15 Things You Should Never Say on Thanksgiving

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Your question may be coming from a good place, but asking someone why they're not in a relationship is actually quite intrusive and can be hurtful. If the other person is not happy about being single, you may be hitting a sore spot. If they are happy about being single, they probably don't want to be nagged about getting into a relationship.

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'When are you two getting married?'

If there are any unwed couples at dinner, don't make them uncomfortable with this question. You don't know what kind of understanding they have with each other, and they probably won't appreciate pressure to get married if they're not ready or don't want to.

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Nagging about religious observation

Don't ask someone when was the last time they went to a temple, church, mosque or synagogue, or whether they plan on baptizing their children. Religion is a very personal thing and doesn't look the same for even members of the same family. It's not OK to shame others or impose your own views.

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'I have to take this call'

Unless it's an emergency, do your best to be present. While it's totally fine to quickly get some great snapshots of the food for your Instagram, put your phone away at the dinner table. It's quite rude to be texting someone else the whole time when you're there to spend time with your loved ones. Even if you don't know many people or are feeling awkward, being on your phone is not a good idea.

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Comments on what others are eating

A big part of Thanksgiving is enjoying the food, so let people do so in peace. Don't comment on how little someone is eating or on their decision to go back for a seconds (unless you're agreeing with them on how delicious those sides are).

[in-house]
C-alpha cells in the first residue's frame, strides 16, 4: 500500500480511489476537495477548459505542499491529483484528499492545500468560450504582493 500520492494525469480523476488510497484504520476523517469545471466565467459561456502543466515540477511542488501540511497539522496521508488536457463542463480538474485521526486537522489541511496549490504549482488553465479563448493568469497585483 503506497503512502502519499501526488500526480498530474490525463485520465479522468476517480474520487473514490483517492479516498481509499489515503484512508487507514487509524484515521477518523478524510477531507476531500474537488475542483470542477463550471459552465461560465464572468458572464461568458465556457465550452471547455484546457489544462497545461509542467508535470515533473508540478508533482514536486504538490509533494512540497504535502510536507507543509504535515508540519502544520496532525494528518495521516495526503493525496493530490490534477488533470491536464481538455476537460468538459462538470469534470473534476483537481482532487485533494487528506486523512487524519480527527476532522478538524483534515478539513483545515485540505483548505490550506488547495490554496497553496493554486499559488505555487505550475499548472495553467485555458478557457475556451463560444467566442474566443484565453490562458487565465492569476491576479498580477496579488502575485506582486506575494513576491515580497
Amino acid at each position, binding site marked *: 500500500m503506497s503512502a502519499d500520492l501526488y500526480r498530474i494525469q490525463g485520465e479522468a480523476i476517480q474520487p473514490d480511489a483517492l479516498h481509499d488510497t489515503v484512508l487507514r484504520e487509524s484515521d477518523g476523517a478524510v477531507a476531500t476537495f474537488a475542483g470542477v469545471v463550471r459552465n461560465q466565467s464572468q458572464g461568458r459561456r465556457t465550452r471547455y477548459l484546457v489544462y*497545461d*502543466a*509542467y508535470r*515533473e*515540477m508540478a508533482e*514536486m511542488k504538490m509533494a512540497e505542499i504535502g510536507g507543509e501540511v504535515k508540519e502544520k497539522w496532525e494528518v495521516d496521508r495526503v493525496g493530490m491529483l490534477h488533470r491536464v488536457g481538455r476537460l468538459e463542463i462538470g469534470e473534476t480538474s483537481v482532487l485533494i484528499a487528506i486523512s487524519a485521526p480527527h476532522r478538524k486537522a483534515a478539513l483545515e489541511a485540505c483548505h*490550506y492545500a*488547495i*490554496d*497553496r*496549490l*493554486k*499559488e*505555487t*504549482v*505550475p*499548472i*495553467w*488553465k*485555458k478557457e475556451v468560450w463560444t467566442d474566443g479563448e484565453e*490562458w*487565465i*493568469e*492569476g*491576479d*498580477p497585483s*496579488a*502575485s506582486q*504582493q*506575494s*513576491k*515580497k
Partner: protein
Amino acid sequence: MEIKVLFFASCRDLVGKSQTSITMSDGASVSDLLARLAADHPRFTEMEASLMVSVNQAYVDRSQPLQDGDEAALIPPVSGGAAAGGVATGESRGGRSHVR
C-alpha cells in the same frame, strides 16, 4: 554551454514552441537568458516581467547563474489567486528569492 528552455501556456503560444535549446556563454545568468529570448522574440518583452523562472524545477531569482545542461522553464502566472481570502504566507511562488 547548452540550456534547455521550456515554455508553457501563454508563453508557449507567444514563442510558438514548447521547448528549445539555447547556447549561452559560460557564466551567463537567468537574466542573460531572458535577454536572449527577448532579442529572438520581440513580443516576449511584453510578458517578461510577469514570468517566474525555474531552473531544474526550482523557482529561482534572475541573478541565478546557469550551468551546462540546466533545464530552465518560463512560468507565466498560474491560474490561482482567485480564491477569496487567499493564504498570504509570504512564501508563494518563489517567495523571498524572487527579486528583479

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Talking about your own diet

Honestly, no one really wants to hear about how you can't eat something because you're on this or that diet, or about how much weight you've lost or gained. Sharing your issues with your body image can make others feel worse about their own bodies. Try to leave your insecurities at home or get rid of them altogether.

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'Did you hear what happened with ...?'

There are a lot of reasons why you should never gossip, but it all boils down to the fact that words can actually hurt people. Even if what you're saying never gets back to the person you're talking about, you may upset other people you're around or make things awkward.

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Anything negative about another race, religion, sexual orientation or gender

As a general rule, you should try your best to be kind to others. When with family and friends, you may feel comfortable enough to share your opinions, but think twice about what impact your words have on others. Even if you don't think what you're saying applies to anyone in the room, it could apply to someone they care about, or they simply may not want to hear any sort of negativity. It's better to stick to being positive in all your conversations.